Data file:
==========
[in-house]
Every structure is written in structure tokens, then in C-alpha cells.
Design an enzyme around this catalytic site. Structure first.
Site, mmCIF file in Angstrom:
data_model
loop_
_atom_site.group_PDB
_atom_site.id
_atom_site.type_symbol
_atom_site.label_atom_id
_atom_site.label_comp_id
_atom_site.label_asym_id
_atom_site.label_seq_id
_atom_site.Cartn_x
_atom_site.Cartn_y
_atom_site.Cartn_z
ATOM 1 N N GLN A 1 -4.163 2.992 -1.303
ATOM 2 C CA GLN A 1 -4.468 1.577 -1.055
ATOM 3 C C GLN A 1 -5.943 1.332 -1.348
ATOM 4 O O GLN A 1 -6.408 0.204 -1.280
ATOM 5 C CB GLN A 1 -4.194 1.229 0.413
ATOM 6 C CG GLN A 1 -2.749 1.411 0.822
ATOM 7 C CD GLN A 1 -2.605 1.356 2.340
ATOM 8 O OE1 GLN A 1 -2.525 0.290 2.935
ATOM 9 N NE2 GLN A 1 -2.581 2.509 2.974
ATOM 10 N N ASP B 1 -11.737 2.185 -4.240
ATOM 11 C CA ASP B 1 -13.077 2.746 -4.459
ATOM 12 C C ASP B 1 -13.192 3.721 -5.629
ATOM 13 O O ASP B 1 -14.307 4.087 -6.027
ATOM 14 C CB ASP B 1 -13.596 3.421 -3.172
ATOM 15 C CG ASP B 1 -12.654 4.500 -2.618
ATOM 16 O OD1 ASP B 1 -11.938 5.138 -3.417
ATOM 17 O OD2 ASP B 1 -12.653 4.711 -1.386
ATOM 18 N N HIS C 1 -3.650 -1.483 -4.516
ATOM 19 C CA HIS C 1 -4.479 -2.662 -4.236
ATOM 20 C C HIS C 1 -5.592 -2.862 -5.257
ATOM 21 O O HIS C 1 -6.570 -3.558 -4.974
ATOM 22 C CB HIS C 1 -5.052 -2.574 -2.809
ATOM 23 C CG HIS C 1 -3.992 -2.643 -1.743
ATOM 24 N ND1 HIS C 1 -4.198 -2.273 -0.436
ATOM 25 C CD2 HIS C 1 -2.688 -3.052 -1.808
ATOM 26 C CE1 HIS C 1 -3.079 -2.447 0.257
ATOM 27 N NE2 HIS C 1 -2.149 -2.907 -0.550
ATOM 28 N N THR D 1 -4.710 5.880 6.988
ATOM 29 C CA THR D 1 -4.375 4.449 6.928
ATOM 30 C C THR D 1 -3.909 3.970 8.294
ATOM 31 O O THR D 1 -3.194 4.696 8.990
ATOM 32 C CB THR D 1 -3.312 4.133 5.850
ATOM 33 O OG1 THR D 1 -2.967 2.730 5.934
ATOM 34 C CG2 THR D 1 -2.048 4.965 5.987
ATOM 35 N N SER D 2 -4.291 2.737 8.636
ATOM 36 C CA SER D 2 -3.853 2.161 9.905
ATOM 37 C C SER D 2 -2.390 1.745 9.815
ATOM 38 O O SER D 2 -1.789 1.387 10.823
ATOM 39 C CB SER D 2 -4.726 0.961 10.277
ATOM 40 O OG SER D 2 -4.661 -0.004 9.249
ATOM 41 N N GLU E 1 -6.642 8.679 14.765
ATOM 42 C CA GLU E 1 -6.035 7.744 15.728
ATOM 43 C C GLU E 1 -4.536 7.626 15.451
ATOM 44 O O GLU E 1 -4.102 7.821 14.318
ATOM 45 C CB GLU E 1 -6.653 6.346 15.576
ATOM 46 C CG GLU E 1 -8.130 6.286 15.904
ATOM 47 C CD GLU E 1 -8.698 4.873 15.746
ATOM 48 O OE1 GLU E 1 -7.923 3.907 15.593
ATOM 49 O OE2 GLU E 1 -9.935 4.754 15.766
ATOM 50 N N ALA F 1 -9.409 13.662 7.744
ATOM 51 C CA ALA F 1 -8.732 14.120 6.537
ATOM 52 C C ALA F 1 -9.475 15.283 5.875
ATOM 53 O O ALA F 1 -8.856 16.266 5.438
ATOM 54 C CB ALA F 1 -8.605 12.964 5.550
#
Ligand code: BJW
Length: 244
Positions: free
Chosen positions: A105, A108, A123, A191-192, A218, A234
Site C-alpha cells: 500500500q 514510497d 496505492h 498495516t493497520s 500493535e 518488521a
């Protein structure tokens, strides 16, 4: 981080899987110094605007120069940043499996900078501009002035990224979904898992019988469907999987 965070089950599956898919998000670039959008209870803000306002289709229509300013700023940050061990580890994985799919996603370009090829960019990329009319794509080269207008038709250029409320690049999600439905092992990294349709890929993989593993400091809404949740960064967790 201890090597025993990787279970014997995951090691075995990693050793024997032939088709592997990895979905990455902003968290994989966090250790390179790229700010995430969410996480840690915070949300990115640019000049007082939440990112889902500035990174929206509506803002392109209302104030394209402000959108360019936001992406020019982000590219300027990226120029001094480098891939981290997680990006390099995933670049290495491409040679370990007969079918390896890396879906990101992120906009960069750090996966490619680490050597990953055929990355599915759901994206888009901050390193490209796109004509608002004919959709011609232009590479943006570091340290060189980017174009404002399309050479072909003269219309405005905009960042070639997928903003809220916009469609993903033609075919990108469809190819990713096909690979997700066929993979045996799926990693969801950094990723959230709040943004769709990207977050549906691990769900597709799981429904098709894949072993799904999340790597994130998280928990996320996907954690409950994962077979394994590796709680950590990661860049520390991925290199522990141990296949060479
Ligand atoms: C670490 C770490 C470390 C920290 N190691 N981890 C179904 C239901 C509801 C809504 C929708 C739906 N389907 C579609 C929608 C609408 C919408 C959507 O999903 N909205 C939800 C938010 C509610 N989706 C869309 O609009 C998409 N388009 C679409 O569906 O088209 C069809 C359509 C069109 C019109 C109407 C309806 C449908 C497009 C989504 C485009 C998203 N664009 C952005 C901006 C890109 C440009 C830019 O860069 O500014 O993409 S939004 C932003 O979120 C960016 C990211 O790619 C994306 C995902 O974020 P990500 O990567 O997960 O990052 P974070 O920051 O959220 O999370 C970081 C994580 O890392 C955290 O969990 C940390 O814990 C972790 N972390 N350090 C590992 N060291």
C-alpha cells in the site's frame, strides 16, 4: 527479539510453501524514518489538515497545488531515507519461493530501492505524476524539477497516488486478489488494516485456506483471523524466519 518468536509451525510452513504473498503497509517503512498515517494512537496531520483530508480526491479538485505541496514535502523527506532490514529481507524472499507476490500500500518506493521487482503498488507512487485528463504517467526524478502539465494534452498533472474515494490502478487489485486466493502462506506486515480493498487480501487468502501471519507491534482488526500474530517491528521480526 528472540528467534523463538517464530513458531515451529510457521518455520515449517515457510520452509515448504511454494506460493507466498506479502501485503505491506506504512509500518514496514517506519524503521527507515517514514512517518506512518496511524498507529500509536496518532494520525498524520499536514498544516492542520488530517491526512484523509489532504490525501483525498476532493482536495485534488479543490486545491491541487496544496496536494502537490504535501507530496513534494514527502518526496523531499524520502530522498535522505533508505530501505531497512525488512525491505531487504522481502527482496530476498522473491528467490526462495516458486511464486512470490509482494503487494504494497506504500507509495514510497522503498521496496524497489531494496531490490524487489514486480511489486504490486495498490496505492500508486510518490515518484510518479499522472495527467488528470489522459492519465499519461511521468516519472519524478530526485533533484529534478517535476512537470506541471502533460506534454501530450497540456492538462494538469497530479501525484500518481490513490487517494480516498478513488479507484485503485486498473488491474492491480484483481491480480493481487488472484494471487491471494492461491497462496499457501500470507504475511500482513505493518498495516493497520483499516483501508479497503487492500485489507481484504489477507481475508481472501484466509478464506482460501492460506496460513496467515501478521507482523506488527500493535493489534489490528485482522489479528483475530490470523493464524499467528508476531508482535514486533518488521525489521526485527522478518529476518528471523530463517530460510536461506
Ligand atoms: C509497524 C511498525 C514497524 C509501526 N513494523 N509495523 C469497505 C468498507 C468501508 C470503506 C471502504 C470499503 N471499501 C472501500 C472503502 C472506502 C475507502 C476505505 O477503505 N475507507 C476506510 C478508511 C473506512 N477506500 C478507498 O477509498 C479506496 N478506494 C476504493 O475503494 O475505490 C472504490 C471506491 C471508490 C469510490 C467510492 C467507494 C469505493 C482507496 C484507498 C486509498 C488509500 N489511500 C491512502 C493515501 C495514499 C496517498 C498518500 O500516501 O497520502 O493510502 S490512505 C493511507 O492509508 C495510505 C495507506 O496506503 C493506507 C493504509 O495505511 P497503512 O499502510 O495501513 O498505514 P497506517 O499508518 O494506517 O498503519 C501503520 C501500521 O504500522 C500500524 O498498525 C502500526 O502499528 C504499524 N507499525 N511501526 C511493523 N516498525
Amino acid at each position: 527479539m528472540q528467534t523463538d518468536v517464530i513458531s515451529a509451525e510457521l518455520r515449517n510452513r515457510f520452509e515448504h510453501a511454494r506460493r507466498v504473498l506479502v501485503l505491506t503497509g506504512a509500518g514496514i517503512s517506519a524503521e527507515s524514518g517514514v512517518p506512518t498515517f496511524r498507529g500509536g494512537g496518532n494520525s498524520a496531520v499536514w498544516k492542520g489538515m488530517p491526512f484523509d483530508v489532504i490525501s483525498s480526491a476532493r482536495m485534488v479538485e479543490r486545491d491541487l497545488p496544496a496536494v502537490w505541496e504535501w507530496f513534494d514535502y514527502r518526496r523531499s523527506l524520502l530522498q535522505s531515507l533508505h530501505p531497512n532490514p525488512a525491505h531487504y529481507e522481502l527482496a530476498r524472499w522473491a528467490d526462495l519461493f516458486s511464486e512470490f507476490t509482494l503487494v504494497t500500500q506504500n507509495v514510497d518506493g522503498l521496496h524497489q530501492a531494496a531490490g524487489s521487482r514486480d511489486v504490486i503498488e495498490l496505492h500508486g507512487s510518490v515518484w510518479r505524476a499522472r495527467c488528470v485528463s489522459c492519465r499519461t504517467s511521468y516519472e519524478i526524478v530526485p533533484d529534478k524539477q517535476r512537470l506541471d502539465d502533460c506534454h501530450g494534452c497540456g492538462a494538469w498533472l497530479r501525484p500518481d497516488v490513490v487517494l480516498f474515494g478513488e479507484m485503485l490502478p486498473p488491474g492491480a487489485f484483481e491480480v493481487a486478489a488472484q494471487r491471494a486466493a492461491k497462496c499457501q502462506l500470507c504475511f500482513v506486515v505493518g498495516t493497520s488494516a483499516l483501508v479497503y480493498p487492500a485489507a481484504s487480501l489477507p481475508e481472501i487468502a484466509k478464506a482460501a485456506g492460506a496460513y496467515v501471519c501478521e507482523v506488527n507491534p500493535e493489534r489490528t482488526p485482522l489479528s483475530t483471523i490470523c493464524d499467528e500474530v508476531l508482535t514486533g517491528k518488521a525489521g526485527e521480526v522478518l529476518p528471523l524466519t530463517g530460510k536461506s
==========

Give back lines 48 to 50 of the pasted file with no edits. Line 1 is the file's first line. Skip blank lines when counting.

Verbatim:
ATOM 32 C CB THR D 1 -3.312 4.133 5.850
ATOM 33 O OG1 THR D 1 -2.967 2.730 5.934
ATOM 34 C CG2 THR D 1 -2.048 4.965 5.987